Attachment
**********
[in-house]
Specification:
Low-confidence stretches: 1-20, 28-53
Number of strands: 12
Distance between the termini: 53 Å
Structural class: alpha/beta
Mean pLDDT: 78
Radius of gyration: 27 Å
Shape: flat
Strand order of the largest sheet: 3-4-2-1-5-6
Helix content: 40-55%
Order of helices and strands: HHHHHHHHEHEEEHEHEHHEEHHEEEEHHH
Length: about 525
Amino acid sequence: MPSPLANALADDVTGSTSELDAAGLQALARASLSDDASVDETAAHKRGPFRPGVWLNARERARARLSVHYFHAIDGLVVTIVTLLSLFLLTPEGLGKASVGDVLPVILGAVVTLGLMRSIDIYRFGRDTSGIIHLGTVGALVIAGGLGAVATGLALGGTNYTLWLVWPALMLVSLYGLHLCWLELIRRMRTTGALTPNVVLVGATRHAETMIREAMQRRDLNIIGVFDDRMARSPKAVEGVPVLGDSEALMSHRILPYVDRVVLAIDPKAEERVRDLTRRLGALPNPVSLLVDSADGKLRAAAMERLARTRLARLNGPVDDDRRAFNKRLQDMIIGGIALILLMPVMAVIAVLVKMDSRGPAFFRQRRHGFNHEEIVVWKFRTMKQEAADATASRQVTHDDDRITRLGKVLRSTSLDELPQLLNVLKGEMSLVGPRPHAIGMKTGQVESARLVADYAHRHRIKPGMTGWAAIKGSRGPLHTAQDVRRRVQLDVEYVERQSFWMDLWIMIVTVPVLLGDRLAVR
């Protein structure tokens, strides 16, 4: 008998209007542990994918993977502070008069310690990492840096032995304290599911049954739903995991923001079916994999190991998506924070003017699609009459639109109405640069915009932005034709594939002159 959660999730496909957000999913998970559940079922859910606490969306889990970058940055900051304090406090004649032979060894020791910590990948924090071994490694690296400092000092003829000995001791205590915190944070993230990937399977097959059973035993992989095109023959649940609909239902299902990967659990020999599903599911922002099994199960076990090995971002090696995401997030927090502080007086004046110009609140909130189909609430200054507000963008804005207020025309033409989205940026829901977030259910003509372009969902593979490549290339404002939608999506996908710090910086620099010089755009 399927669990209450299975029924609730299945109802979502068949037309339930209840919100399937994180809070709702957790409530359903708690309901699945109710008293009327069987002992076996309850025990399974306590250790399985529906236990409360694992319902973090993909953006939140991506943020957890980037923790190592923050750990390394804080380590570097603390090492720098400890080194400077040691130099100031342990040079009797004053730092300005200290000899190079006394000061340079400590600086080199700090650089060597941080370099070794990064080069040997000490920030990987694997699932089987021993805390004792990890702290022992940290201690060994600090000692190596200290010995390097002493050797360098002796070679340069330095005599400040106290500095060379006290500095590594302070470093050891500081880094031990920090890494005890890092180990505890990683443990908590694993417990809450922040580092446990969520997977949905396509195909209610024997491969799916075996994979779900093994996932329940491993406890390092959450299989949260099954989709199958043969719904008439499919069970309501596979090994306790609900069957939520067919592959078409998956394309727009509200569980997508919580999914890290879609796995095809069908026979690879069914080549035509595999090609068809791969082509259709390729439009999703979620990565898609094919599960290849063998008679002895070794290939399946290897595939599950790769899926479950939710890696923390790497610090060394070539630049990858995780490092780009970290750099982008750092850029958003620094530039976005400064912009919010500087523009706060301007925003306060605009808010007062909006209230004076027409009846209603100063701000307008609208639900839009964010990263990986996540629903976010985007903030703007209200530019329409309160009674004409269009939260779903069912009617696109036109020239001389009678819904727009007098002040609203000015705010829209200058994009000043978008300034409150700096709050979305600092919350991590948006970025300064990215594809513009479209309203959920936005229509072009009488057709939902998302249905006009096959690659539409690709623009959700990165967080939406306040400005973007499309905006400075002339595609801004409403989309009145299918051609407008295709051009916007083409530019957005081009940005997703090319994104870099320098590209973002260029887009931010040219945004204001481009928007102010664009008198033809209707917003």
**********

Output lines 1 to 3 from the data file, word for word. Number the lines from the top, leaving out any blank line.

[in-house]
Specification:
Low-confidence stretches: 1-20, 28-53